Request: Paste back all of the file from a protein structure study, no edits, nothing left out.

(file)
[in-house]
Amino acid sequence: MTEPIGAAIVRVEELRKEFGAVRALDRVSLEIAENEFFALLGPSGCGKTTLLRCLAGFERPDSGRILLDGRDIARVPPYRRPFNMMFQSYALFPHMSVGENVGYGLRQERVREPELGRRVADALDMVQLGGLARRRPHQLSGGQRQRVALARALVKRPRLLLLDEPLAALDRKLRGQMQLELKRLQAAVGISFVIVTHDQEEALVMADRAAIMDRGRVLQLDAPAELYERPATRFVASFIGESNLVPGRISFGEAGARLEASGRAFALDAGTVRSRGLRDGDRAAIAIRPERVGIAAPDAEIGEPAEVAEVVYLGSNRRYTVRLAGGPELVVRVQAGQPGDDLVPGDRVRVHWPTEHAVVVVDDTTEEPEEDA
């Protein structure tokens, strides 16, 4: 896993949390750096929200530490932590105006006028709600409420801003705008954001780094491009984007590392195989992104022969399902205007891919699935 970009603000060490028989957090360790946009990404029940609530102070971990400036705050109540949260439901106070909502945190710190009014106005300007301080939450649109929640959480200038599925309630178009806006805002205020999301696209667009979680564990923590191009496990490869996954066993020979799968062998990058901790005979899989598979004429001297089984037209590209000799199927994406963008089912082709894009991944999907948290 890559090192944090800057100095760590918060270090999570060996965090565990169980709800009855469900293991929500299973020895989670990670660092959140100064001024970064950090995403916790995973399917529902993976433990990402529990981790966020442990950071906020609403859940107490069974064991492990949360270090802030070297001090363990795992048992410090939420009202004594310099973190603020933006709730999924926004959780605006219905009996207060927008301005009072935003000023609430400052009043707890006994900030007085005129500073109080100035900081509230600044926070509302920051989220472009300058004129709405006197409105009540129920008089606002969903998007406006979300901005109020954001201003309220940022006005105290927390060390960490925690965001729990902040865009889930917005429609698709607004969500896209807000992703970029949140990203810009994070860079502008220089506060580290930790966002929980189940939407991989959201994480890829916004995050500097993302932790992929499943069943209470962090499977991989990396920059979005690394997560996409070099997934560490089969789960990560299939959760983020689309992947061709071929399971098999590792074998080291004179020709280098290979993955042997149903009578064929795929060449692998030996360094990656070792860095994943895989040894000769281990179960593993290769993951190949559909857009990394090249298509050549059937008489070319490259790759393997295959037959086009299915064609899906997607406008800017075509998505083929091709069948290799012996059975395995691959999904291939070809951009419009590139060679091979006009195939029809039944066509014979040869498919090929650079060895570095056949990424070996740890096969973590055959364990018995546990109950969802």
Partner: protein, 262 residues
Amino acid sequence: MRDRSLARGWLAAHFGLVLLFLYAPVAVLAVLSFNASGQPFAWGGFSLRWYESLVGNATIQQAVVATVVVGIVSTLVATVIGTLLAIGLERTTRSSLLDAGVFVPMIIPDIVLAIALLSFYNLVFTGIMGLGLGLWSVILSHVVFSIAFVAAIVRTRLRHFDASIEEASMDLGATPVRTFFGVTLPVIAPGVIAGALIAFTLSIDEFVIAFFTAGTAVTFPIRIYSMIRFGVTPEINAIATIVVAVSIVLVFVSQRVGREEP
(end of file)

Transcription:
[in-house]
Amino acid sequence: MTEPIGAAIVRVEELRKEFGAVRALDRVSLEIAENEFFALLGPSGCGKTTLLRCLAGFERPDSGRILLDGRDIARVPPYRRPFNMMFQSYALFPHMSVGENVGYGLRQERVREPELGRRVADALDMVQLGGLARRRPHQLSGGQRQRVALARALVKRPRLLLLDEPLAALDRKLRGQMQLELKRLQAAVGISFVIVTHDQEEALVMADRAAIMDRGRVLQLDAPAELYERPATRFVASFIGESNLVPGRISFGEAGARLEASGRAFALDAGTVRSRGLRDGDRAAIAIRPERVGIAAPDAEIGEPAEVAEVVYLGSNRRYTVRLAGGPELVVRVQAGQPGDDLVPGDRVRVHWPTEHAVVVVDDTTEEPEEDA
């Protein structure tokens, strides 16, 4: 896993949390750096929200530490932590105006006028709600409420801003705008954001780094491009984007590392195989992104022969399902205007891919699935 970009603000060490028989957090360790946009990404029940609530102070971990400036705050109540949260439901106070909502945190710190009014106005300007301080939450649109929640959480200038599925309630178009806006805002205020999301696209667009979680564990923590191009496990490869996954066993020979799968062998990058901790005979899989598979004429001297089984037209590209000799199927994406963008089912082709894009991944999907948290 890559090192944090800057100095760590918060270090999570060996965090565990169980709800009855469900293991929500299973020895989670990670660092959140100064001024970064950090995403916790995973399917529902993976433990990402529990981790966020442990950071906020609403859940107490069974064991492990949360270090802030070297001090363990795992048992410090939420009202004594310099973190603020933006709730999924926004959780605006219905009996207060927008301005009072935003000023609430400052009043707890006994900030007085005129500073109080100035900081509230600044926070509302920051989220472009300058004129709405006197409105009540129920008089606002969903998007406006979300901005109020954001201003309220940022006005105290927390060390960490925690965001729990902040865009889930917005429609698709607004969500896209807000992703970029949140990203810009994070860079502008220089506060580290930790966002929980189940939407991989959201994480890829916004995050500097993302932790992929499943069943209470962090499977991989990396920059979005690394997560996409070099997934560490089969789960990560299939959760983020689309992947061709071929399971098999590792074998080291004179020709280098290979993955042997149903009578064929795929060449692998030996360094990656070792860095994943895989040894000769281990179960593993290769993951190949559909857009990394090249298509050549059937008489070319490259790759393997295959037959086009299915064609899906997607406008800017075509998505083929091709069948290799012996059975395995691959999904291939070809951009419009590139060679091979006009195939029809039944066509014979040869498919090929650079060895570095056949990424070996740890096969973590055959364990018995546990109950969802």
Partner: protein, 262 residues
Amino acid sequence: MRDRSLARGWLAAHFGLVLLFLYAPVAVLAVLSFNASGQPFAWGGFSLRWYESLVGNATIQQAVVATVVVGIVSTLVATVIGTLLAIGLERTTRSSLLDAGVFVPMIIPDIVLAIALLSFYNLVFTGIMGLGLGLWSVILSHVVFSIAFVAAIVRTRLRHFDASIEEASMDLGATPVRTFFGVTLPVIAPGVIAGALIAFTLSIDEFVIAFFTAGTAVTFPIRIYSMIRFGVTPEINAIATIVVAVSIVLVFVSQRVGREEP